Arguably the most value the Dallas Stars have gotten out of a first round pick in the last 20 years is Kari Lehtonen. Since Jarome Iginla in 1995 the most significant first round picks for the Stars have been Brenden Morrow, Matt Niskanen, Steve Ott, Radek Faksa, Val Nichushkin, and Julius Honka with some Jamie Oleksiak, John Erskine, and Mark Fistric thrown in.
Miro Heiskanen should add some luster to that group. Who knows what ends up happening with Nichushkin or Honka or, really, even Faksa. Ott was a fan favorite, but not particularly good. Niskanen, for all he has ended up doing, didn’t do much of it in Dallas.
So, that leaves Morrow as easily the best first round pick the Stars have made since Iginla. They drafted Morrow 21 years ago. When Joe Nieuwendyk (speaking of Iginla) flipped Ivan Vishnevskiy to the Atlanta Thrashers for Lehtonen he pulled value out of what would have otherwise ended up being another wasted first round pick.
It isn’t much of a stretch to see him as the most value they’ve gotten from a first round pick in twenty years. Lehtonen has given the Stars 445 games, including 422 starts with a record of 216-150-50 which is good for a .912 save percentage and 2.63 goals against average.
And now, he appears to be moving on.
Lehtonen has taken a lot of shit in his time in Dallas, but to take a lot of shit in one place you inevitably have to be there for a long time. Lehtonen is second in games played and wins to Marty Turco by about 50. For all the shit he took, he’ll likely finish his Stars career .001 ahead of Turco in save percentage.
The Stars franchise save percentage list is fascinating. For goalies with over 50 games played in Dallas Ben Bishop leads the franchise at .916, followed by Lehtonen at .912. Turco is third at .911 and tied with Roman Turek. Ed Belfour slides in at 5th and .910. You could have given me 25 guesses and the names on this list and I wouldn’t have put them in the correct order before attempt 22 at best.
*It has been determined that Gump Worsley actually leads the franchise in career save percentage. Thanks Erin.
Kari is a complex figure in Stars franchise history. For being around as long as he has Lehtonen hasn’t been involved in many franchise defining moments. He’s been more “moment-adjacent” (at best). The biggest stage of his career in Dallas was game seven against the Blues in 2016 when he gave up three goals on five shots. The main memory I’ll have of Lehtonen is being the primary or split starting goalie for nine years of a decade long stretch of (mostly) franchise futility.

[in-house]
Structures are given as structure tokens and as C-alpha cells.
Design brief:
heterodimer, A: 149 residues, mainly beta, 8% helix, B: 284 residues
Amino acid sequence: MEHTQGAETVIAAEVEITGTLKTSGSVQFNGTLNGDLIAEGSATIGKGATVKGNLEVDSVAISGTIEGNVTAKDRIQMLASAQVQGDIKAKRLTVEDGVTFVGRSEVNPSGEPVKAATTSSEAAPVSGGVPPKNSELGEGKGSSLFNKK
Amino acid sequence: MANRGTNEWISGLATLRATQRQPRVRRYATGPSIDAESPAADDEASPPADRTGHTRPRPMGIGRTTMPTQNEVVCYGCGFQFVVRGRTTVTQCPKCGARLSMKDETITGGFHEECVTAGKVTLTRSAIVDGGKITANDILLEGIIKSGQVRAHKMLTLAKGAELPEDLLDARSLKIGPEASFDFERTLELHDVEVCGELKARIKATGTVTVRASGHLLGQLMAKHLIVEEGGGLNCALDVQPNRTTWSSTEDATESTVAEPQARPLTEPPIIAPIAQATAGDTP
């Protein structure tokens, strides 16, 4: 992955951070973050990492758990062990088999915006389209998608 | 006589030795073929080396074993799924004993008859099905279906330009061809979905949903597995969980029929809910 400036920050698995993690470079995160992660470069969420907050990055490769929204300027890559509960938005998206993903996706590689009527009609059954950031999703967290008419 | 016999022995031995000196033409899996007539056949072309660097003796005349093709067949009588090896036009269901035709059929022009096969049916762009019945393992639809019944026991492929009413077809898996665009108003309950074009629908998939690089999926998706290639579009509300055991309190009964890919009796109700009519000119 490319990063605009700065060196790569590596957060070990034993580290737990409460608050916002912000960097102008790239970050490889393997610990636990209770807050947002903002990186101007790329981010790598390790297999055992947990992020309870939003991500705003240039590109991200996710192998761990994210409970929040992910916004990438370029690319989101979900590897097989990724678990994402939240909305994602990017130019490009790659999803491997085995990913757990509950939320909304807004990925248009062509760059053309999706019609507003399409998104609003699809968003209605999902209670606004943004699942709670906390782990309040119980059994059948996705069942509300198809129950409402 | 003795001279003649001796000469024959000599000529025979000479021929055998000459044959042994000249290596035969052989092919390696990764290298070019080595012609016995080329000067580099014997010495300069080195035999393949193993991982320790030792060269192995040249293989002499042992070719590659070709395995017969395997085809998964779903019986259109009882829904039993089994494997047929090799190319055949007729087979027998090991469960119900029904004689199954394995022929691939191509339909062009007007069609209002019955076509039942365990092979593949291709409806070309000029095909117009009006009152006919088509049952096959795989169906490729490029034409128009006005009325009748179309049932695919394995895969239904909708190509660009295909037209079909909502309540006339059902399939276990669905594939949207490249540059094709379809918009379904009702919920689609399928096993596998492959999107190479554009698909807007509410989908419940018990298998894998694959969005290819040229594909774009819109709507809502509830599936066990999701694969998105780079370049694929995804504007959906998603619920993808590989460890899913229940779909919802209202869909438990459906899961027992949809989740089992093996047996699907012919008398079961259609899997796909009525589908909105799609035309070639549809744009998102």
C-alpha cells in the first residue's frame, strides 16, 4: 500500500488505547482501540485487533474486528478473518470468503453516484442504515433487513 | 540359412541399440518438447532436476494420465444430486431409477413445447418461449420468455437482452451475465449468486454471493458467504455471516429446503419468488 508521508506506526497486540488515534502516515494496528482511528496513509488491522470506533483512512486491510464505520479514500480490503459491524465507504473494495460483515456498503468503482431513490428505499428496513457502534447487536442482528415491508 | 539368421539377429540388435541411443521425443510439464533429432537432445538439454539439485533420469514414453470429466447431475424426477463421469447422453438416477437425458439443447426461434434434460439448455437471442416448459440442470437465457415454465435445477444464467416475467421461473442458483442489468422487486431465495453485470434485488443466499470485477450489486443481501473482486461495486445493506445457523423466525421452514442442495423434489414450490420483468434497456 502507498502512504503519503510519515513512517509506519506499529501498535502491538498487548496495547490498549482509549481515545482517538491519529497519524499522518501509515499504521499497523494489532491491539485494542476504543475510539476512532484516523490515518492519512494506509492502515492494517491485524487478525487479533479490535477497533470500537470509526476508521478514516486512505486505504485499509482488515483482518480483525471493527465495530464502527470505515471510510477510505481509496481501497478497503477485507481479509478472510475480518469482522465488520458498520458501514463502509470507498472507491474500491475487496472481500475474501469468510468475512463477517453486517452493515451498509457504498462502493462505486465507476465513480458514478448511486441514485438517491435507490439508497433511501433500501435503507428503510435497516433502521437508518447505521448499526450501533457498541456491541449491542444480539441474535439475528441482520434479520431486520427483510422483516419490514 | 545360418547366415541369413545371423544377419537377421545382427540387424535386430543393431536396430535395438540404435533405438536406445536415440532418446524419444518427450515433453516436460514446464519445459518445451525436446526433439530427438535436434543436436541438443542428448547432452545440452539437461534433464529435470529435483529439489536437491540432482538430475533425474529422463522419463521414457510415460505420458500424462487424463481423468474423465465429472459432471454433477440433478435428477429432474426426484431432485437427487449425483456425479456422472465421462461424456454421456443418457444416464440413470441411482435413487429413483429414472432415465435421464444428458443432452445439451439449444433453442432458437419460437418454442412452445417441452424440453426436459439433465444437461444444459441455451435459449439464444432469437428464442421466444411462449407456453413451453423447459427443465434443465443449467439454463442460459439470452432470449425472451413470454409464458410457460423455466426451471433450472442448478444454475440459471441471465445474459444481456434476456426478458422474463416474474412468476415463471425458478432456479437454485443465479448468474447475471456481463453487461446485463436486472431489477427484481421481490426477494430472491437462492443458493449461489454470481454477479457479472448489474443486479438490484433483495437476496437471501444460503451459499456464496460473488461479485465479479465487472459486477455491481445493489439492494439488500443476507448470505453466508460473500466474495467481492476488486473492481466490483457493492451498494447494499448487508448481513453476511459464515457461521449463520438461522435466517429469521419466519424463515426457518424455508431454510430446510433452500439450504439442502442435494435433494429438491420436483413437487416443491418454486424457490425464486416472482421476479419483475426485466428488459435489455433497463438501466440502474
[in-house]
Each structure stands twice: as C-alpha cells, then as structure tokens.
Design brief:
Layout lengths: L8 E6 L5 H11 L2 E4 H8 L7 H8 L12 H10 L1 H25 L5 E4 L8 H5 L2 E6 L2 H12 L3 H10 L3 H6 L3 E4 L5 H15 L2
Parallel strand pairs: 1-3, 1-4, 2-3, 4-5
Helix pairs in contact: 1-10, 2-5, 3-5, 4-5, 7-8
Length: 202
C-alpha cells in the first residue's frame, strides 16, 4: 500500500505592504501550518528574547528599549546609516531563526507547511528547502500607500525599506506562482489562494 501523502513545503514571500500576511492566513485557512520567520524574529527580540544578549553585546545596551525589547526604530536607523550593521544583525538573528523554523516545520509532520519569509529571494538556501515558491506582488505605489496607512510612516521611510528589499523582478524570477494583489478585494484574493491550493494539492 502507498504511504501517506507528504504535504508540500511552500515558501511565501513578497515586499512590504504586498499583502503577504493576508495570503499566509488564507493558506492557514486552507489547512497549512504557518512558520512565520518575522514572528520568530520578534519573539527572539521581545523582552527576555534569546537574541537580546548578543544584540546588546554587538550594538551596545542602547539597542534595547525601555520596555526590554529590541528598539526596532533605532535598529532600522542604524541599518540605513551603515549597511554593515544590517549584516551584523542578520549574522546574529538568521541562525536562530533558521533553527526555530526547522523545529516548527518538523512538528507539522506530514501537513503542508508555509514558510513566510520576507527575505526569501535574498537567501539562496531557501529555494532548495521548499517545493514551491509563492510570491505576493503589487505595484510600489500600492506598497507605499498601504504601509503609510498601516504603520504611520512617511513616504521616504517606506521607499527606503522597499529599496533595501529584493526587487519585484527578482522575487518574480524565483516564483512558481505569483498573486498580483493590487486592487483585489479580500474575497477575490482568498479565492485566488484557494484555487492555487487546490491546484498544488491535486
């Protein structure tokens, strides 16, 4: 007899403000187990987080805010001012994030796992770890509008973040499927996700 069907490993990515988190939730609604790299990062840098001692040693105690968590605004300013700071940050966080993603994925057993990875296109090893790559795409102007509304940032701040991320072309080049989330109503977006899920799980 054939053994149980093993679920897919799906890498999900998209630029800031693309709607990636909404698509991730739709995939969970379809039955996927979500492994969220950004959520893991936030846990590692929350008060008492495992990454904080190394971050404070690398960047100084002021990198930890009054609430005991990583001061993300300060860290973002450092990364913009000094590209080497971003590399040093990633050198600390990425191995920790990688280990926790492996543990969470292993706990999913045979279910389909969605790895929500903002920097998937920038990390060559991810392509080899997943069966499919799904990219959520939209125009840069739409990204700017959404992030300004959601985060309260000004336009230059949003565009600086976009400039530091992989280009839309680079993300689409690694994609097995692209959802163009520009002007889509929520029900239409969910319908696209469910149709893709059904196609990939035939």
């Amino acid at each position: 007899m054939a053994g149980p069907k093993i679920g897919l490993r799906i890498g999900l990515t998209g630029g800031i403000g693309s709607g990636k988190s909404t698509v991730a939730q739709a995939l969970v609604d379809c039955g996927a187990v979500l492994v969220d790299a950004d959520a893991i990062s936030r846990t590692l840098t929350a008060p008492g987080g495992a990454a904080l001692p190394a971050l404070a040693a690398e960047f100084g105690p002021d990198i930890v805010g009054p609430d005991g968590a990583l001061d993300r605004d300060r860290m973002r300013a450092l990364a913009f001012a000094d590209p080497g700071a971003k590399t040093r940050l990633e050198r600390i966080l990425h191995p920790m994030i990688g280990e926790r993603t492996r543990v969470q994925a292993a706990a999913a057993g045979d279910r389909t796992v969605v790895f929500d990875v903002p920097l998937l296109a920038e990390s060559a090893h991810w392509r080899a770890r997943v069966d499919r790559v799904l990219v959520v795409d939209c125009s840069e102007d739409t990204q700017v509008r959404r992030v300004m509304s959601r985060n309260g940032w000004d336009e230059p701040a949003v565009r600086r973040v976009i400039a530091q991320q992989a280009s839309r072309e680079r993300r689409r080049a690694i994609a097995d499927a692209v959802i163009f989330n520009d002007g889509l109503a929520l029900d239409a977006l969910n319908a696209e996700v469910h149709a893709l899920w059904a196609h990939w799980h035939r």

I hate that I feel like that. I know it’s unfair to a player who has 400+ games with the franchise. During my Dark College Period I didn’t watch much hockey so I think Lehtonen is the goalie I’ve seen play the most. And yet, most of my memories are of futility so that futility clouds my thoughts of Lehtonen.
How much of that futility is his fault?
I think of Carey Price putting mediocre Montreal Canadiens teams on his back and dragging them into the playoffs when they otherwise had little business being there. Lehtonen never forced the Stars to ride Eric Nystrom, Radek Dvorak, or Trevor Daley defensively. How is it fair to think less of Lehtonen for not being able to be a superhuman like Price and drag his team kicking and screaming into the playoffs?
I think of someone like Chris Osgood, winner of three Stanley Cup rings with the Detroit Red Wings. No one thinks of him as a God, but you will rarely hear anything negative about him because what’s the point? He has three rings. Clearly he did enough to not ruin three championship caliber teams, and at the end of the day that’s all an elite team really needs. Just don’t burn the house down guy.
Lehtonen’s negatives stand out more because he wasn’t the driver of success or failure throughout most of his time in Dallas. He was always just there.Those guys rarely pull in tenure like Lehtonen did. Those guys don’t often get treated like franchise cornerstones by overzealous front offices. Kari was never a Carey Price or a Sergei Bobrovsky. He’s been paid pretty close to what they’ve made, and that comes with heightened expectations Lehtonen was never going to meet. He was here simply to not burn the house down while being paid like he was well above average. If he makes Antti Niemi money no one bats an eye.
I think in framing the Dallas Stars career of Lehtonen it’s important to keep in mind what was in front of him. Lehtonen never consistently had the team in front of him for him to have a chance to be on a bigger stage (2016 notwithstanding), and he was never a big enough talent to force them to get there either. Lehtonen was a decent goalie who found a home on a team going through their most unsuccessful stretch in franchise history, and because of that longevity he’s going to live on in Stars history for a while.